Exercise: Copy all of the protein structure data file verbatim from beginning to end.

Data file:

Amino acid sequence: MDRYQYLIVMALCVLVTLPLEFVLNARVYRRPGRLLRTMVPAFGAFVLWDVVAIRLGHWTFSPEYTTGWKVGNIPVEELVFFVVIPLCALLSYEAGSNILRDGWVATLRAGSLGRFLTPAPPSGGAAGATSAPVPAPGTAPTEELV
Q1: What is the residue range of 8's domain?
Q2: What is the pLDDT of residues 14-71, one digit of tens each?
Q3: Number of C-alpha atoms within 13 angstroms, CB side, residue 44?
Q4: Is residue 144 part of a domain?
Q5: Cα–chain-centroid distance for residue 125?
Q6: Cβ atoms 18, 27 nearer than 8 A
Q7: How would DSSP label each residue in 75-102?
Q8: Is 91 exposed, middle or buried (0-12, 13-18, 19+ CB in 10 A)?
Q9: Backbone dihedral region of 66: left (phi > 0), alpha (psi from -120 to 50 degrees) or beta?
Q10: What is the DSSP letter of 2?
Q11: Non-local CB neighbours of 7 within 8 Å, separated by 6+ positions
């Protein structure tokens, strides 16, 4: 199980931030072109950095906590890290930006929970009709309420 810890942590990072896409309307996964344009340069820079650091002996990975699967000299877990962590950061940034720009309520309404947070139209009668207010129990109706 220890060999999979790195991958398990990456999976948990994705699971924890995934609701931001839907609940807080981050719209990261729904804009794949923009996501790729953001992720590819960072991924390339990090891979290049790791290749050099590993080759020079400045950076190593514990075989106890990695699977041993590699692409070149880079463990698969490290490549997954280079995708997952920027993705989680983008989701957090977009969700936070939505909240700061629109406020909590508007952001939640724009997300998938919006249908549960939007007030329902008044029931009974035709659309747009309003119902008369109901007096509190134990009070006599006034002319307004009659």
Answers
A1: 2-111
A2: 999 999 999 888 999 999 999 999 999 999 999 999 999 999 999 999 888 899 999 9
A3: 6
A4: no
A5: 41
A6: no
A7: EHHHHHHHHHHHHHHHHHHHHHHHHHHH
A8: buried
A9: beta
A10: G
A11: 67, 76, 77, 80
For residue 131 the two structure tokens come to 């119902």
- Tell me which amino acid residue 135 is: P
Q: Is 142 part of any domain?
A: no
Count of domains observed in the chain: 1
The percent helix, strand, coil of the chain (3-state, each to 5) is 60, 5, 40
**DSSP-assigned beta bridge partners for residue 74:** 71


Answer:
Amino acid sequence: MDRYQYLIVMALCVLVTLPLEFVLNARVYRRPGRLLRTMVPAFGAFVLWDVVAIRLGHWTFSPEYTTGWKVGNIPVEELVFFVVIPLCALLSYEAGSNILRDGWVATLRAGSLGRFLTPAPPSGGAAGATSAPVPAPGTAPTEELV
Q1: What is the residue range of 8's domain?
Q2: What is the pLDDT of residues 14-71, one digit of tens each?
Q3: Number of C-alpha atoms within 13 angstroms, CB side, residue 44?
Q4: Is residue 144 part of a domain?
Q5: Cα–chain-centroid distance for residue 125?
Q6: Cβ atoms 18, 27 nearer than 8 A
Q7: How would DSSP label each residue in 75-102?
Q8: Is 91 exposed, middle or buried (0-12, 13-18, 19+ CB in 10 A)?
Q9: Backbone dihedral region of 66: left (phi > 0), alpha (psi from -120 to 50 degrees) or beta?
Q10: What is the DSSP letter of 2?
Q11: Non-local CB neighbours of 7 within 8 Å, separated by 6+ positions
């Protein structure tokens, strides 16, 4: 199980931030072109950095906590890290930006929970009709309420 810890942590990072896409309307996964344009340069820079650091002996990975699967000299877990962590950061940034720009309520309404947070139209009668207010129990109706 220890060999999979790195991958398990990456999976948990994705699971924890995934609701931001839907609940807080981050719209990261729904804009794949923009996501790729953001992720590819960072991924390339990090891979290049790791290749050099590993080759020079400045950076190593514990075989106890990695699977041993590699692409070149880079463990698969490290490549997954280079995708997952920027993705989680983008989701957090977009969700936070939505909240700061629109406020909590508007952001939640724009997300998938919006249908549960939007007030329902008044029931009974035709659309747009309003119902008369109901007096509190134990009070006599006034002319307004009659």
Answers
A1: 2-111
A2: 999 999 999 888 999 999 999 999 999 999 999 999 999 999 999 999 888 899 999 9
A3: 6
A4: no
A5: 41
A6: no
A7: EHHHHHHHHHHHHHHHHHHHHHHHHHHH
A8: buried
A9: beta
A10: G
A11: 67, 76, 77, 80
For residue 131 the two structure tokens come to 């119902």
- Tell me which amino acid residue 135 is: P
Q: Is 142 part of any domain?
A: no
Count of domains observed in the chain: 1
The percent helix, strand, coil of the chain (3-state, each to 5) is 60, 5, 40
**DSSP-assigned beta bridge partners for residue 74:** 71